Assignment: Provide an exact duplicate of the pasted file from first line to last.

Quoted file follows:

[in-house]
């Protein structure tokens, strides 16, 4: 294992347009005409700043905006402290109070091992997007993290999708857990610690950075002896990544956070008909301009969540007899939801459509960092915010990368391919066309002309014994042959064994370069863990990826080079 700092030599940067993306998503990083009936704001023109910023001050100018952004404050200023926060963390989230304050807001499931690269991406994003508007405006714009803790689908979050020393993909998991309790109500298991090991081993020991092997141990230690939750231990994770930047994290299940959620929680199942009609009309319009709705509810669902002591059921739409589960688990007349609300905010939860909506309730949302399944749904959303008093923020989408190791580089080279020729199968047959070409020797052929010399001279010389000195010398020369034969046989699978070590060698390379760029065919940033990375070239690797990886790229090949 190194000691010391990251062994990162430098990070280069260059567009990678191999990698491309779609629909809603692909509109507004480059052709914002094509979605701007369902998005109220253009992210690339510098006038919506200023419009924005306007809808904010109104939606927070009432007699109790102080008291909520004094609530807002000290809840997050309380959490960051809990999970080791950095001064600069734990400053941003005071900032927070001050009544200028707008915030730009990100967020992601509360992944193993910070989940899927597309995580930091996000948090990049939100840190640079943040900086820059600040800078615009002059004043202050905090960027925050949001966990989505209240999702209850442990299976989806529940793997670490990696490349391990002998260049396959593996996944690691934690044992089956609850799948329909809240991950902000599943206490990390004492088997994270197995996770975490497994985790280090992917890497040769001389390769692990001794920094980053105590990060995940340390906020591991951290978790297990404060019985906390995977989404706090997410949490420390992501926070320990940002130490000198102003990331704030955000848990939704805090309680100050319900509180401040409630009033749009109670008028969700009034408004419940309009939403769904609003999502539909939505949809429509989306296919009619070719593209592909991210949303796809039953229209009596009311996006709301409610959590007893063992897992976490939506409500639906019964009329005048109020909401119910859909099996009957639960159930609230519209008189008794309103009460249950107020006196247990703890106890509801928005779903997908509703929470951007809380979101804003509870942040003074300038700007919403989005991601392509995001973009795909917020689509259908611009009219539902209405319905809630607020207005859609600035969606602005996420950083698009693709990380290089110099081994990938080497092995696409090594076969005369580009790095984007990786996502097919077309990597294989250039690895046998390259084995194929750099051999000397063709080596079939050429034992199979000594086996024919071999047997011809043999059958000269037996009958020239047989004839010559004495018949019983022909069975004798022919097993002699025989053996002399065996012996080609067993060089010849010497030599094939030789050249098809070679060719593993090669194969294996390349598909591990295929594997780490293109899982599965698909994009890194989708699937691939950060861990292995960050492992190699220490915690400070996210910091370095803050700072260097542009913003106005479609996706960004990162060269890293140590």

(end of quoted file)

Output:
[in-house]
């Protein structure tokens, strides 16, 4: 294992347009005409700043905006402290109070091992997007993290999708857990610690950075002896990544956070008909301009969540007899939801459509960092915010990368391919066309002309014994042959064994370069863990990826080079 700092030599940067993306998503990083009936704001023109910023001050100018952004404050200023926060963390989230304050807001499931690269991406994003508007405006714009803790689908979050020393993909998991309790109500298991090991081993020991092997141990230690939750231990994770930047994290299940959620929680199942009609009309319009709705509810669902002591059921739409589960688990007349609300905010939860909506309730949302399944749904959303008093923020989408190791580089080279020729199968047959070409020797052929010399001279010389000195010398020369034969046989699978070590060698390379760029065919940033990375070239690797990886790229090949 190194000691010391990251062994990162430098990070280069260059567009990678191999990698491309779609629909809603692909509109507004480059052709914002094509979605701007369902998005109220253009992210690339510098006038919506200023419009924005306007809808904010109104939606927070009432007699109790102080008291909520004094609530807002000290809840997050309380959490960051809990999970080791950095001064600069734990400053941003005071900032927070001050009544200028707008915030730009990100967020992601509360992944193993910070989940899927597309995580930091996000948090990049939100840190640079943040900086820059600040800078615009002059004043202050905090960027925050949001966990989505209240999702209850442990299976989806529940793997670490990696490349391990002998260049396959593996996944690691934690044992089956609850799948329909809240991950902000599943206490990390004492088997994270197995996770975490497994985790280090992917890497040769001389390769692990001794920094980053105590990060995940340390906020591991951290978790297990404060019985906390995977989404706090997410949490420390992501926070320990940002130490000198102003990331704030955000848990939704805090309680100050319900509180401040409630009033749009109670008028969700009034408004419940309009939403769904609003999502539909939505949809429509989306296919009619070719593209592909991210949303796809039953229209009596009311996006709301409610959590007893063992897992976490939506409500639906019964009329005048109020909401119910859909099996009957639960159930609230519209008189008794309103009460249950107020006196247990703890106890509801928005779903997908509703929470951007809380979101804003509870942040003074300038700007919403989005991601392509995001973009795909917020689509259908611009009219539902209405319905809630607020207005859609600035969606602005996420950083698009693709990380290089110099081994990938080497092995696409090594076969005369580009790095984007990786996502097919077309990597294989250039690895046998390259084995194929750099051999000397063709080596079939050429034992199979000594086996024919071999047997011809043999059958000269037996009958020239047989004839010559004495018949019983022909069975004798022919097993002699025989053996002399065996012996080609067993060089010849010497030599094939030789050249098809070679060719593993090669194969294996390349598909591990295929594997780490293109899982599965698909994009890194989708699937691939950060861990292995960050492992190699220490915690400070996210910091370095803050700072260097542009913003106005479609996706960004990162060269890293140590």